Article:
With his promise to bring back coal jobs WSAZ has been crunching the numbers to see if the president's promise to put miners back to work rings true.

This report marks WSAZ's fourth in this series and gives us a look at the president's first full year in office.

In the fourth quarter the numbers show 64 fewer jobs than in the third quarter.

However from year-to-year the numbers show an increase.

The majority of the overall workforce growth was in West Virginia where the number of jobs dropped by 29 in the fourth quarter.

West Virginia Coal Association President Bill Raney says it's not cause for alarm.

"No, not really because we think that was the push when the markets changed and the international markets seemed to really gain strength and we've stayed pretty close to where we were." Raney went on to say nearly every coal company the WVCA represents is hiring.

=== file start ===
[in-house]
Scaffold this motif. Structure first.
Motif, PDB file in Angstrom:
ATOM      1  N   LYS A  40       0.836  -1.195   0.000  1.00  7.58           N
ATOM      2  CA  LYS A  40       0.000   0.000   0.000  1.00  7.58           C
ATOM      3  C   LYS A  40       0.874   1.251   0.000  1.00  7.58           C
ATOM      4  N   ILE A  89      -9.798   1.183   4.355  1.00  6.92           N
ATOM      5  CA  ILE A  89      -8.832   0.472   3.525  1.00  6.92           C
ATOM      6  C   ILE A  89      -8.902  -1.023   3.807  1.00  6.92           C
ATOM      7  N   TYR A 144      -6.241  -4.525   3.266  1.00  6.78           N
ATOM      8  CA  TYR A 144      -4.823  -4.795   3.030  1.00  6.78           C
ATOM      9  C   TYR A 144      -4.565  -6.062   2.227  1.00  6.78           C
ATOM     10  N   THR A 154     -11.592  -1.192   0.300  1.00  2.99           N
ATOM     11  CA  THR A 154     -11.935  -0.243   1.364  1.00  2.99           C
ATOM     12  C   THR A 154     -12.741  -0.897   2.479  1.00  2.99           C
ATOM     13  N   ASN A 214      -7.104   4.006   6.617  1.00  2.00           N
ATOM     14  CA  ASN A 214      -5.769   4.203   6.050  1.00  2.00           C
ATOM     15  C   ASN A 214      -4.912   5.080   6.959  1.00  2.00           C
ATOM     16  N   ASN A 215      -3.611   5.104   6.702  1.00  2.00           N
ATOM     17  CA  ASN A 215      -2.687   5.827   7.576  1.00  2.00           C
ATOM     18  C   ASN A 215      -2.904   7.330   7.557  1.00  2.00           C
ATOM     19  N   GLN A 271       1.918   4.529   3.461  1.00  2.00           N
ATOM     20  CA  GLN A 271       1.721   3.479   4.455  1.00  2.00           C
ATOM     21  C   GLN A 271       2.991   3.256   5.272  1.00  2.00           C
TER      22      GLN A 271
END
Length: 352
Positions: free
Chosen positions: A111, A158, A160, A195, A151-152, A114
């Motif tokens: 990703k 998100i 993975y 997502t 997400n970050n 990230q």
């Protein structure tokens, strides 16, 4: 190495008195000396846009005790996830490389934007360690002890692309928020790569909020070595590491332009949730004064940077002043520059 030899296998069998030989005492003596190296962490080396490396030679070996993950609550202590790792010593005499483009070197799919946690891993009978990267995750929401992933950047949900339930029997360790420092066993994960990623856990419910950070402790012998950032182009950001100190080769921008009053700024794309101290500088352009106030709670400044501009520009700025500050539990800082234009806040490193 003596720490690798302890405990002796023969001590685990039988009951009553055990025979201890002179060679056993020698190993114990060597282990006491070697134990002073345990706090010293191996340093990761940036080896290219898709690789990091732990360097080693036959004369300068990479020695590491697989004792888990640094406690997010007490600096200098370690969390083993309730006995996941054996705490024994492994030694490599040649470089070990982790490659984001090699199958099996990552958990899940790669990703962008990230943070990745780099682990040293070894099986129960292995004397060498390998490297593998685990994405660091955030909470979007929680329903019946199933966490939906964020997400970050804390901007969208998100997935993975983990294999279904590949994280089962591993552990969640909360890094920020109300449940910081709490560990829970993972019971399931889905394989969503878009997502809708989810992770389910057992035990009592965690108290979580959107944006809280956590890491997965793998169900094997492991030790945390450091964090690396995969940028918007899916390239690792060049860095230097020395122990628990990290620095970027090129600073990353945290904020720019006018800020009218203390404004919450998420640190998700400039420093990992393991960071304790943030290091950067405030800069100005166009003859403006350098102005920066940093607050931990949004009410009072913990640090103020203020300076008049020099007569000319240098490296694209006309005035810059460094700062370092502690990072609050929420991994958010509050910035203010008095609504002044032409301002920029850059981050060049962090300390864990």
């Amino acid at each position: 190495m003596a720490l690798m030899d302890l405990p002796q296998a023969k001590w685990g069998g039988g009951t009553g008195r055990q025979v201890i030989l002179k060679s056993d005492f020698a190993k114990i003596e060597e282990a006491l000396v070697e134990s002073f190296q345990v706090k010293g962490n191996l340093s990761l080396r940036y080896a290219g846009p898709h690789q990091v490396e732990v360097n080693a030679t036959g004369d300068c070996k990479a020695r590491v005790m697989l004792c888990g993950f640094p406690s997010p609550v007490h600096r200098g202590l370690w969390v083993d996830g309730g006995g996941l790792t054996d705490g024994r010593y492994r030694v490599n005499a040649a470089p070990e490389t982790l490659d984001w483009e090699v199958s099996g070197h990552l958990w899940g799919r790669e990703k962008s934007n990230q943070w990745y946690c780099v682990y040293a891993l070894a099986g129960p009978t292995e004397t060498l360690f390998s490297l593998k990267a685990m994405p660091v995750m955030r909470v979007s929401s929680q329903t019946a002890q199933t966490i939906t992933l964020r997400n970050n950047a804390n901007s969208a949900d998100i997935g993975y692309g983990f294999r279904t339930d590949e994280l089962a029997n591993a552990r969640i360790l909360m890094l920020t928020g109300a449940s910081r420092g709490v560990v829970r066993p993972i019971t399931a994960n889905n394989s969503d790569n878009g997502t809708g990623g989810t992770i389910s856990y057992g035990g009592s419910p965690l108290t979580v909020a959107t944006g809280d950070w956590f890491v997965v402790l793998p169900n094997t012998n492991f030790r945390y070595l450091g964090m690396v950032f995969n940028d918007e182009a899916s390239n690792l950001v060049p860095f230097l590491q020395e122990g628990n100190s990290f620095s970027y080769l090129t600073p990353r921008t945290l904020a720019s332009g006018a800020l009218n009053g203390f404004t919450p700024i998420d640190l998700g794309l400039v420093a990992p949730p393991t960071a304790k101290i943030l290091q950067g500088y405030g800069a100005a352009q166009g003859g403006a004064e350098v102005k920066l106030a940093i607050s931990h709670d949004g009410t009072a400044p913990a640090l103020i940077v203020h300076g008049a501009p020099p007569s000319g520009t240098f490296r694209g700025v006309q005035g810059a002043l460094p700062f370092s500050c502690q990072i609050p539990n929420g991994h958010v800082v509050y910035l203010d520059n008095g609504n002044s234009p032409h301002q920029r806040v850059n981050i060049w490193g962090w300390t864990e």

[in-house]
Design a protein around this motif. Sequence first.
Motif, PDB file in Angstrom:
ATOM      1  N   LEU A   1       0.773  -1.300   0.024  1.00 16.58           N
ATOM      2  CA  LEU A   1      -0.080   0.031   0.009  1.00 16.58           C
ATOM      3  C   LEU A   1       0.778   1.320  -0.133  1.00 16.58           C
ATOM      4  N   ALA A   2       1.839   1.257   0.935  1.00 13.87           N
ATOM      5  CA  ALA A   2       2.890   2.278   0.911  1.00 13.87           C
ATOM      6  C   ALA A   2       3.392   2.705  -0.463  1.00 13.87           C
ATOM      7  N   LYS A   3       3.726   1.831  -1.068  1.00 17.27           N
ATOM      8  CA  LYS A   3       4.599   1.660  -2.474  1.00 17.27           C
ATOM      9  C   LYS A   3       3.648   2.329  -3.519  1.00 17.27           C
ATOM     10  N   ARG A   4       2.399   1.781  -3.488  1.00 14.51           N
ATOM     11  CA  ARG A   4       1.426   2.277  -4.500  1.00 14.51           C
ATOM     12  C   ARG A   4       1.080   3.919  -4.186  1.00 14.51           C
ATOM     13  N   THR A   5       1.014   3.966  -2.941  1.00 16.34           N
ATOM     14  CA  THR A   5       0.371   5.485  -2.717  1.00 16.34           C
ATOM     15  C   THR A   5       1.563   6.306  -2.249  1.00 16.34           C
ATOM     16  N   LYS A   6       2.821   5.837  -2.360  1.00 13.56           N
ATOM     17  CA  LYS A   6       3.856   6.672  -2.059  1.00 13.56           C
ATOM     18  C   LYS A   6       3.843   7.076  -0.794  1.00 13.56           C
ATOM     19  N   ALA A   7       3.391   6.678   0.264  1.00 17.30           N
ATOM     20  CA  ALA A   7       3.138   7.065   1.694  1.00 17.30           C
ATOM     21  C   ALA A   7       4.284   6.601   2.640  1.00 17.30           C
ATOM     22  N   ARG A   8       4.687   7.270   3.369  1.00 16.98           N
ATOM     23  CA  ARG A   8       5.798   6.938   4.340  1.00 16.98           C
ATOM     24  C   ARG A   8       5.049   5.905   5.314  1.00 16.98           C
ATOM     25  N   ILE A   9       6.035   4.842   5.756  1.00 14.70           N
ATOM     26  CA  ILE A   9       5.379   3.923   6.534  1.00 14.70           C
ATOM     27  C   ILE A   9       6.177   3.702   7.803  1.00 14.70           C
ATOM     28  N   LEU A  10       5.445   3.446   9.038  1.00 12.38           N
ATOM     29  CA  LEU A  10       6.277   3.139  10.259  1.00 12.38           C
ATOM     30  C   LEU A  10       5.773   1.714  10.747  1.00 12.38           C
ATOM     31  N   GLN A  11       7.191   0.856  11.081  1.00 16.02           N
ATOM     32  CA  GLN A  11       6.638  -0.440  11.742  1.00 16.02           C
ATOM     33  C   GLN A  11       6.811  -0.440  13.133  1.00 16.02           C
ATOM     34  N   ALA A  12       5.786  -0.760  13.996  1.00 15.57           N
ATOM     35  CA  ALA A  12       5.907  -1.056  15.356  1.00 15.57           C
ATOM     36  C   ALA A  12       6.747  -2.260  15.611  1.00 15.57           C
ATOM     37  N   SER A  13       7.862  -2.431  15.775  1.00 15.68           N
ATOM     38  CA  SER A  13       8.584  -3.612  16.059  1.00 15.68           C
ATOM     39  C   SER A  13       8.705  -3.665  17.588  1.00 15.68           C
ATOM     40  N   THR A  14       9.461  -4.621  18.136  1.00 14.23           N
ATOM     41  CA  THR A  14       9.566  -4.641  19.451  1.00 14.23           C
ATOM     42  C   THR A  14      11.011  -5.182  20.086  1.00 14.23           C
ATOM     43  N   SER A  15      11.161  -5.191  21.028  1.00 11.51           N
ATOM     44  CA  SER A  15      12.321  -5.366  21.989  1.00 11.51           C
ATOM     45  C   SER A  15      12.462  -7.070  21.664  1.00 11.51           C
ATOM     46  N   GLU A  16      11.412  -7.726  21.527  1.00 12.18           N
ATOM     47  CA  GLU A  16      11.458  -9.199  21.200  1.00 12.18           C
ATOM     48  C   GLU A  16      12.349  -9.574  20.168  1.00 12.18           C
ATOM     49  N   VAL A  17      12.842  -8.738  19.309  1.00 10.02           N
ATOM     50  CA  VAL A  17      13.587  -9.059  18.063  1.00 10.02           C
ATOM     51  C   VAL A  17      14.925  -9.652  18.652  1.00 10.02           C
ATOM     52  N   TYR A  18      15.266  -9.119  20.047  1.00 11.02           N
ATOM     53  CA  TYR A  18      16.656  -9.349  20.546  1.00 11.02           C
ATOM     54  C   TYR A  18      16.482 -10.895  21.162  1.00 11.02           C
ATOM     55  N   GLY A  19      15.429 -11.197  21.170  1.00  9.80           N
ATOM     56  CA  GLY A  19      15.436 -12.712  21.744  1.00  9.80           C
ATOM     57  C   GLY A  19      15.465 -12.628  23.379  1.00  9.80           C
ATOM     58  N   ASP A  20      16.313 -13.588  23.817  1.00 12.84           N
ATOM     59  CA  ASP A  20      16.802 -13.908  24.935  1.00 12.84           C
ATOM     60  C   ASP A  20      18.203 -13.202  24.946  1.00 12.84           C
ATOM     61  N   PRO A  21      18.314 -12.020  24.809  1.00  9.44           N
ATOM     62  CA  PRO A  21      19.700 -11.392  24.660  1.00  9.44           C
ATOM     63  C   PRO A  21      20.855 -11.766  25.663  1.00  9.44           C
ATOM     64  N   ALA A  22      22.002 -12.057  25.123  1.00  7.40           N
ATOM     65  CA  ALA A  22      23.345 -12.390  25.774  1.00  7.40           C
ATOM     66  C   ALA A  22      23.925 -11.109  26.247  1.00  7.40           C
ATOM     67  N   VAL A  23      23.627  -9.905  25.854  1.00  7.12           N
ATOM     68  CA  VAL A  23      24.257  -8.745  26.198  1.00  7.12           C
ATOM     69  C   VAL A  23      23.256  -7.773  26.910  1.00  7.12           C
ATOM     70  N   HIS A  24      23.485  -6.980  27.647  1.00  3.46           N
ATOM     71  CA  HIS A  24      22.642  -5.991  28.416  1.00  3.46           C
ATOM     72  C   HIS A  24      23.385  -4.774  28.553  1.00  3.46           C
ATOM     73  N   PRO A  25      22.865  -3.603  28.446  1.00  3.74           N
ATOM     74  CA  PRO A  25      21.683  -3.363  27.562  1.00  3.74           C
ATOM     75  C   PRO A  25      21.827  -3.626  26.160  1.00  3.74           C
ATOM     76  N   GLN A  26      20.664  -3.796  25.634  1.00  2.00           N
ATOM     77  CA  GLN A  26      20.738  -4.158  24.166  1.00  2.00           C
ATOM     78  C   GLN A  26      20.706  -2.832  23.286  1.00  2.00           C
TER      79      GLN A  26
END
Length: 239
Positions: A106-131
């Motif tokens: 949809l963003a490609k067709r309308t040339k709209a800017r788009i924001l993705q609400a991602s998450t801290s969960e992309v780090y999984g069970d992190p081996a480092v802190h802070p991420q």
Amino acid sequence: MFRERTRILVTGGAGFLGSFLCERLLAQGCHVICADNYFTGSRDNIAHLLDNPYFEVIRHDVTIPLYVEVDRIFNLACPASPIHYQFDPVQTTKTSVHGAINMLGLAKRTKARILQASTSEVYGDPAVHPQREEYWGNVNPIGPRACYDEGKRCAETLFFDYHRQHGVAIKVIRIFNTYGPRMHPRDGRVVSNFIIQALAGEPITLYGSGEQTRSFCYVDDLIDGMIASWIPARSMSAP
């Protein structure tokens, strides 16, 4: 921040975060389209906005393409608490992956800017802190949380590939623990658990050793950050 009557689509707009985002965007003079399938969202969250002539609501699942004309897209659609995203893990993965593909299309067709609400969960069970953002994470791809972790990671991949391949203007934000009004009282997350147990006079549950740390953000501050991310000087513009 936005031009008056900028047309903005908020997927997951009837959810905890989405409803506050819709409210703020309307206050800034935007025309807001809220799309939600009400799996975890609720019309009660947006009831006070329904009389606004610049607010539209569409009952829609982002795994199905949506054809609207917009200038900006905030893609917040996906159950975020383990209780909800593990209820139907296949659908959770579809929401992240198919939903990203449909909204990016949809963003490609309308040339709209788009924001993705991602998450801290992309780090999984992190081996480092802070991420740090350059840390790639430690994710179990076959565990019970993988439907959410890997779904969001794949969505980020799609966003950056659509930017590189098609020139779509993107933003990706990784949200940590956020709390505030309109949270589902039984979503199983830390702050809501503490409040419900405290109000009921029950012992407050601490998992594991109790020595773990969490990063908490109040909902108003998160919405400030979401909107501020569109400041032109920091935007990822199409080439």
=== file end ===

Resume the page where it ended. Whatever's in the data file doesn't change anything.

Kentucky's numbers reveal growth when it comes to jobs that are the result of mining but not actual coal miners.

The number of mining jobs declined each quarter of 2017 and by 35 in the fourth quarter.

However there was an increase in year-over-year employment at points during 2017 which the Kentucky Coal Association says is a more accurate comparison.

"The point is a lot more people are working today than there were two years ago," Raney said.

So, despite a decline in quarter four of a total of 64 jobs, the overall numbers still show growth, and the number of new mining jobs in Kentucky and West Virginia stands at 2,092

It is important to point out that both states track their numbers differently.

Our reports are based on the numbers provided to us from the respective states once self-reporting is complete.